The player will control the character directly, and advanced motion detection built into the sphere will allow this to happen. A small stick – similar to a police baton – will be provided to aid the motion detection. In the virtual world, the player will see the baton as a sword. The player will block a strike by raising his hand in an appropriate manner and strike in the same way. The character will move as the player walks, run as the player runs, and crouch as the player crouches. Dialog will be highly realistic, with the player speaking to the AI and voice-capturing software and hardware to carry the message to the software. Surround sound will also be built-in, providing the player with audio to heighten the realism: the sound of rain and thunder, the singing of birds, the roaring of demons, the clang of swords and the whistle of arrows, among a myriad of other effects. The sound will also be used to intensify the world – for example, subtle music during suspenseful moments.
There are, of course, deficiencies to this technology and many ways in which it can grow. For example, there will probably be little realistic sense of touch, other than the weight of the baton to simulate a light sword. The player will have to move around, restricting the length of gameplay. However, it is unlikely that 11 years will be enough to develop a matrix-like technology.
In light of these, and several other, deficiencies, there are some more “conventional” systems in place. For example, when the player is not in battle, there are motion control commands (with the off-hand) that can be used to open menus, loot bodies, change armour etcetera. This leads to gameplay.
You the role of Leon – the son of a peasant in Middle-Age France in a world encroached upon by hell. As you make your way through the world, you encounter bands of humans of all the other nations, whose generations of conflicts were forgotten in the face of a common enemy. An unlikely hero, you track the source of the invasion to its roots and save the world from the Jaws of Hell.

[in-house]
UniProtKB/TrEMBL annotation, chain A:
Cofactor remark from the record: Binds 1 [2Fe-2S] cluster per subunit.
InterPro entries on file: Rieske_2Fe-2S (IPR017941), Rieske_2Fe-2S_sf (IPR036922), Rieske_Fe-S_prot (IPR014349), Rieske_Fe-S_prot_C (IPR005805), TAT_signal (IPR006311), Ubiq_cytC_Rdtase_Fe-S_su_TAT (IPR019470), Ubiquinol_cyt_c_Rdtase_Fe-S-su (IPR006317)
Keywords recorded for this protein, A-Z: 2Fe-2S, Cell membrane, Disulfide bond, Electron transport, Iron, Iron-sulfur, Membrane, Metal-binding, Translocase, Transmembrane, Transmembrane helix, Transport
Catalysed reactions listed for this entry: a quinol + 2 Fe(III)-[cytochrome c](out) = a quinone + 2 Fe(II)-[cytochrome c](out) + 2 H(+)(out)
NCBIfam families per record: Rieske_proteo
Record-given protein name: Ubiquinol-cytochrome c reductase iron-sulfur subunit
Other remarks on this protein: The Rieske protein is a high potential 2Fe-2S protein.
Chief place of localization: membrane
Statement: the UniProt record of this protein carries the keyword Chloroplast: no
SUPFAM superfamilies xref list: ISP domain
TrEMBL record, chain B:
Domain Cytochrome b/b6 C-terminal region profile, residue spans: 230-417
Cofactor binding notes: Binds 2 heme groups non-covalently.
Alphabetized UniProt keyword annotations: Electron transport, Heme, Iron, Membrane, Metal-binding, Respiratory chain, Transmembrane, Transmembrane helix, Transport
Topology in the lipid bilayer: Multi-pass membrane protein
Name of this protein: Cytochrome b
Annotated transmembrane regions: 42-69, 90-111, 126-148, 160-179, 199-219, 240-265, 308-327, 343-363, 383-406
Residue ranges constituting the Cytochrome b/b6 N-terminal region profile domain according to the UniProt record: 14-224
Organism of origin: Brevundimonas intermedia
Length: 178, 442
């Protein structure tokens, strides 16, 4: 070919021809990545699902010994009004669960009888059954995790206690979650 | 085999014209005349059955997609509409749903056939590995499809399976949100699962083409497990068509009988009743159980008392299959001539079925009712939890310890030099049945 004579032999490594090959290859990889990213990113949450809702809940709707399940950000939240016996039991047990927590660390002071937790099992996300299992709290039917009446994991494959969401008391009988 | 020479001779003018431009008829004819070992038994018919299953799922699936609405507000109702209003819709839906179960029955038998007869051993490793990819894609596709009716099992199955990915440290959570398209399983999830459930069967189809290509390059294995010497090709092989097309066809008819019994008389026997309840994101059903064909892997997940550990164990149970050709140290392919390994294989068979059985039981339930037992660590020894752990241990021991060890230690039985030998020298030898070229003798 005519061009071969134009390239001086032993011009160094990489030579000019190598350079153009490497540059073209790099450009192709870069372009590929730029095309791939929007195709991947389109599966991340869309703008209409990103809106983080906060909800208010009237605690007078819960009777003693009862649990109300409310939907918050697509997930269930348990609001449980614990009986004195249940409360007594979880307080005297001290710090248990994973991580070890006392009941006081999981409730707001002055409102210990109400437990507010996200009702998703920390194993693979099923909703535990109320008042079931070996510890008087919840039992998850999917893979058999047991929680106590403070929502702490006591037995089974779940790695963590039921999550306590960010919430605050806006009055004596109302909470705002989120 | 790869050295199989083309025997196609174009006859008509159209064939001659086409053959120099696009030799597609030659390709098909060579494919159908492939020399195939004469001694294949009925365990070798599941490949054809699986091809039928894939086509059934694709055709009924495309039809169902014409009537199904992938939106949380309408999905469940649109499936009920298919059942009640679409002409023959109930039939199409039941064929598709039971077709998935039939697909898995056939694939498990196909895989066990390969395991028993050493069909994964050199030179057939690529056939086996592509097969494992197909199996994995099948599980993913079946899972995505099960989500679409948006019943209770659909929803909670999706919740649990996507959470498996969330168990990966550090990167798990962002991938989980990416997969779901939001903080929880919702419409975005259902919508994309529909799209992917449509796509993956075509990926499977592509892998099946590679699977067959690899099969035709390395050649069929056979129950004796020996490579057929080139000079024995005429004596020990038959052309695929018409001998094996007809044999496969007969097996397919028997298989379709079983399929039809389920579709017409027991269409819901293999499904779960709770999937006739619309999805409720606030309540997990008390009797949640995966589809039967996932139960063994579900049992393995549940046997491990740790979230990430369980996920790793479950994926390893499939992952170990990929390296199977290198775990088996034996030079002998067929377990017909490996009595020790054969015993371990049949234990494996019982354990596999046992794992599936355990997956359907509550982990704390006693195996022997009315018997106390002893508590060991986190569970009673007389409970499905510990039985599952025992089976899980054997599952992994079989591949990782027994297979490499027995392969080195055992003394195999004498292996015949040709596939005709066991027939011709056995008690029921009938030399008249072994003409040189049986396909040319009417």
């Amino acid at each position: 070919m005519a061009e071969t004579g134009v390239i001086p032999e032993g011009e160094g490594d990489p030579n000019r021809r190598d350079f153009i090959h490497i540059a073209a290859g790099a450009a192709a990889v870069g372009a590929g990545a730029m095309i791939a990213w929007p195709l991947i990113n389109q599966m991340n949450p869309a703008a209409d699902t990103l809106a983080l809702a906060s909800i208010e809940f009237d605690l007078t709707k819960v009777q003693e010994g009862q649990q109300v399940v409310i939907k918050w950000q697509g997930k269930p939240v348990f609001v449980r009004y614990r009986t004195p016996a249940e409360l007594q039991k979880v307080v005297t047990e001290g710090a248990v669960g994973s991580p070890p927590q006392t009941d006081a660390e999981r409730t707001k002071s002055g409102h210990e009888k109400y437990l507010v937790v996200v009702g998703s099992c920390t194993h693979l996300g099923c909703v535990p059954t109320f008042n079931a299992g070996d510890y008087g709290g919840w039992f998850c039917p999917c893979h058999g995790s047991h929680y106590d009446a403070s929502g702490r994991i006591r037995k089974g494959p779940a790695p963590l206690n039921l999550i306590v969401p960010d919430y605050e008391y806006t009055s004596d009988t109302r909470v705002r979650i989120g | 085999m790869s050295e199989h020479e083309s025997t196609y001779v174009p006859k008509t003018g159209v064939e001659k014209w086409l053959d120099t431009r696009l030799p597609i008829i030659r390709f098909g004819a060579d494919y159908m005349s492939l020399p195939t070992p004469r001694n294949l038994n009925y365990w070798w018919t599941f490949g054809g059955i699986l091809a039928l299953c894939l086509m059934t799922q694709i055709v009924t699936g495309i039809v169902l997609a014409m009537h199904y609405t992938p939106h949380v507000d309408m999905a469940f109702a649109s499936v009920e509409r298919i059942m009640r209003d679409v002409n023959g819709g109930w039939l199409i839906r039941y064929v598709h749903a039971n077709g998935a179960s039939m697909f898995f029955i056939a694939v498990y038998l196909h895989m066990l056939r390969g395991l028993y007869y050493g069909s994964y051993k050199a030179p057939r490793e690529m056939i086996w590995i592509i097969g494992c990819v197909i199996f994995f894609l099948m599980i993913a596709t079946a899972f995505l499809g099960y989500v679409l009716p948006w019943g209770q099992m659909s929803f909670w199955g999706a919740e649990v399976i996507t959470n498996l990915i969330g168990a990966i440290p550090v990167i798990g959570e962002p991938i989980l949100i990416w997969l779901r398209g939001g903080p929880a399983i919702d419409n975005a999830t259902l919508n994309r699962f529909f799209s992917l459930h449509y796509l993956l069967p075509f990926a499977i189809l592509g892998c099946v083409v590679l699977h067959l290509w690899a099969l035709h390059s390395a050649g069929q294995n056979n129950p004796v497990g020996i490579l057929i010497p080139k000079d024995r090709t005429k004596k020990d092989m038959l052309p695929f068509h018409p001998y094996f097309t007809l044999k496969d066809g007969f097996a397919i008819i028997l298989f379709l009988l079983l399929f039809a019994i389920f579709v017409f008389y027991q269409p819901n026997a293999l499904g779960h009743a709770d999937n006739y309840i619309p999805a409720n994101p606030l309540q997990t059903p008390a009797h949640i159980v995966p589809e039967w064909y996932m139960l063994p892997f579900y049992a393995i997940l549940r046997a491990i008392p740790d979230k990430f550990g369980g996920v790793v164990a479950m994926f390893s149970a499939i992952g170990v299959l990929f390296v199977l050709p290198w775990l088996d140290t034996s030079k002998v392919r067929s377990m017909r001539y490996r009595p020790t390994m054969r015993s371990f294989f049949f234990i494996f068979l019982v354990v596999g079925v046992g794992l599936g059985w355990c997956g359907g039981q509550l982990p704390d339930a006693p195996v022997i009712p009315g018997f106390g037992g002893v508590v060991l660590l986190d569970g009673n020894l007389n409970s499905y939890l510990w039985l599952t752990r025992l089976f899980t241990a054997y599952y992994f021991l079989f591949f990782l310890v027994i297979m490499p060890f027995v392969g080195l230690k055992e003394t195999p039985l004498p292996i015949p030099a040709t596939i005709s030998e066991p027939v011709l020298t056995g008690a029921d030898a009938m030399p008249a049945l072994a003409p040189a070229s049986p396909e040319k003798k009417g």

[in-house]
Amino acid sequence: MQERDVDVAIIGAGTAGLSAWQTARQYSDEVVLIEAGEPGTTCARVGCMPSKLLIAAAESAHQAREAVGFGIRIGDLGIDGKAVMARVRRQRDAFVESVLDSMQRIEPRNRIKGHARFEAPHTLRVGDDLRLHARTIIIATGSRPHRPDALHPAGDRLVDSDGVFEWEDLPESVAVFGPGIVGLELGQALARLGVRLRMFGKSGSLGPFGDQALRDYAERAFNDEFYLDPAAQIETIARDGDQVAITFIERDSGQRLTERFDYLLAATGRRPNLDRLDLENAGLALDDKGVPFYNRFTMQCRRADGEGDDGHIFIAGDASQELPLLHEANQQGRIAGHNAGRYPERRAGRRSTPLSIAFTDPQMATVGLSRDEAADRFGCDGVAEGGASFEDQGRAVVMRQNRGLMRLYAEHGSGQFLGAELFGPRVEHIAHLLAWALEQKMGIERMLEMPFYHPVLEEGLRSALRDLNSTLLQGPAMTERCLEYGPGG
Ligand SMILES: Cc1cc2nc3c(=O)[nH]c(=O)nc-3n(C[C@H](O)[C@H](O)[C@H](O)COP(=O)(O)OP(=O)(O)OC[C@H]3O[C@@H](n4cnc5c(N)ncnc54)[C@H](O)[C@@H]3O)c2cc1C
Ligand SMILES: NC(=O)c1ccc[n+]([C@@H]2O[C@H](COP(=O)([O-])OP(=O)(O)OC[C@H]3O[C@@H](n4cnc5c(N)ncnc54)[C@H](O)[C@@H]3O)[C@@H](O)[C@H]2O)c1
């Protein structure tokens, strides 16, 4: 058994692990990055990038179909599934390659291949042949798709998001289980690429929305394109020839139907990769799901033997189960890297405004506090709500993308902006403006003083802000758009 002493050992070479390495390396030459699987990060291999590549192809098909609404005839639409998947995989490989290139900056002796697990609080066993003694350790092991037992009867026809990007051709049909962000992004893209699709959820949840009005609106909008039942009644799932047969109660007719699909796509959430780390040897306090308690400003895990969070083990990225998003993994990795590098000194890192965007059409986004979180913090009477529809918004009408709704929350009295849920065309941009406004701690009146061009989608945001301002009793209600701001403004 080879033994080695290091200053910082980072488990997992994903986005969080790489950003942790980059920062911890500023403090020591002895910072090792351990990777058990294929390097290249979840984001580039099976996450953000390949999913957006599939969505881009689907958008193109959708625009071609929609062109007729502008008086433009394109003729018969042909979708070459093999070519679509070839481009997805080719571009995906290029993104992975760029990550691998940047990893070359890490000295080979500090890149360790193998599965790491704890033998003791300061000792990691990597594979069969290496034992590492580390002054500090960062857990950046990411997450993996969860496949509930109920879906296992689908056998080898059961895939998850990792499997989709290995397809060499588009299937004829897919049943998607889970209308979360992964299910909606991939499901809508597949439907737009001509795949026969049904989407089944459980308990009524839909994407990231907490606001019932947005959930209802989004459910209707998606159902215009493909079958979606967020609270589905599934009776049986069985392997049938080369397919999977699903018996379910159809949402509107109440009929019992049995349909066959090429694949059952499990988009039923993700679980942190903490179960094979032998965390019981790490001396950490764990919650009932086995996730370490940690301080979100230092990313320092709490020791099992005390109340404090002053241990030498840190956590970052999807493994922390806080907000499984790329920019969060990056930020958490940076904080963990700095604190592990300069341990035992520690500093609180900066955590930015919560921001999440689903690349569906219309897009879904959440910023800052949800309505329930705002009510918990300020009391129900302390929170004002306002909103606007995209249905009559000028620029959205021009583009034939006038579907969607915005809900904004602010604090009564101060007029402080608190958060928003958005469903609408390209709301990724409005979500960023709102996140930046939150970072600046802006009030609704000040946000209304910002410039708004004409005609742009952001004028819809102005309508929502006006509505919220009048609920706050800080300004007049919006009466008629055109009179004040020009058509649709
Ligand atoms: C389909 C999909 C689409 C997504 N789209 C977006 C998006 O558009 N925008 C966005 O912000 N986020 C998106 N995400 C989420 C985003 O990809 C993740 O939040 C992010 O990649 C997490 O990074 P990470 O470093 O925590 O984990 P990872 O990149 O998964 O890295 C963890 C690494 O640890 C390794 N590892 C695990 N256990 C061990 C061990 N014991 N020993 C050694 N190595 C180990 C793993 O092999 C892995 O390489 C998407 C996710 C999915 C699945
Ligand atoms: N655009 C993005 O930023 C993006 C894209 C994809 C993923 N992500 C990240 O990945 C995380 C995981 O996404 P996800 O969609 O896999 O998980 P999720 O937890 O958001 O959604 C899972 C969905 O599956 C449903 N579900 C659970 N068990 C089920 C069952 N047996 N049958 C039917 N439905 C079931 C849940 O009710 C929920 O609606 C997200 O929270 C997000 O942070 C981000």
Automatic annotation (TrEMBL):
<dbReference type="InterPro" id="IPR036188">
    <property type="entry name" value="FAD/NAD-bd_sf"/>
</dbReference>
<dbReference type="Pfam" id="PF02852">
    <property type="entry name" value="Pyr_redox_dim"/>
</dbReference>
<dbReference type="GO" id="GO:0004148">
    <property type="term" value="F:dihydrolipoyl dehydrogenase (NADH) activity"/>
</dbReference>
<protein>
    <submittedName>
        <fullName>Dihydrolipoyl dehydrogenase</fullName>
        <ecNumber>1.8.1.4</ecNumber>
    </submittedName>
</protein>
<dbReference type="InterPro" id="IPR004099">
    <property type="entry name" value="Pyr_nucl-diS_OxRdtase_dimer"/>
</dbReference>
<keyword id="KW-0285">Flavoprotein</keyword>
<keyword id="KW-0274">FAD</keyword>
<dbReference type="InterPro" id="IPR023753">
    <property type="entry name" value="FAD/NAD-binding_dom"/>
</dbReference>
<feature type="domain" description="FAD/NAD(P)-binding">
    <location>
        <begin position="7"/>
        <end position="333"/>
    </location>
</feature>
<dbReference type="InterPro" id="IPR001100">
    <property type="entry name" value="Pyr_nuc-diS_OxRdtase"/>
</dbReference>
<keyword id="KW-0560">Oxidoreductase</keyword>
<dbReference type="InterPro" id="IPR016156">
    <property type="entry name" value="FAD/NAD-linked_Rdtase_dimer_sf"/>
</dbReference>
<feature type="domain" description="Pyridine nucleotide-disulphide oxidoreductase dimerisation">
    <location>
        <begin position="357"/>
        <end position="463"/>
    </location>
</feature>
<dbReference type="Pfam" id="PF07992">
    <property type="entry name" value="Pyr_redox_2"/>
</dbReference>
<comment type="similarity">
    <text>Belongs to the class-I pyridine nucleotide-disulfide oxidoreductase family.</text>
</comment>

The game is, in concept, similar to the Diablo series and games such as Oblivion. Its driving element is story, which unravels before the player as he explores the world. There are several big cities and castles, though the number dwindles as the invasion spreads, multiple villages and numerous refugee settlements. The player can talk to anyone, and many of the people will have small side-quests that will assist you in your main mission, or simply give you a chance to be good or evil. The main quest will lead the player through Europe, to Rome, and, finally, to the locations of the Jaws of Hell – the source of the hell-spawn encroaching the planet. The player will unravel the reason behind the invasion and be given the choice of stopping it or joining the Devil. Moral choices will be a big part of game play, and will become very personal as the player will literally be in the shoes of the character. Doing the right thing may not give you the best immediate rewards, but doing the wrong thing may have long-term consequences for your reputation and the hospitality others will offer you.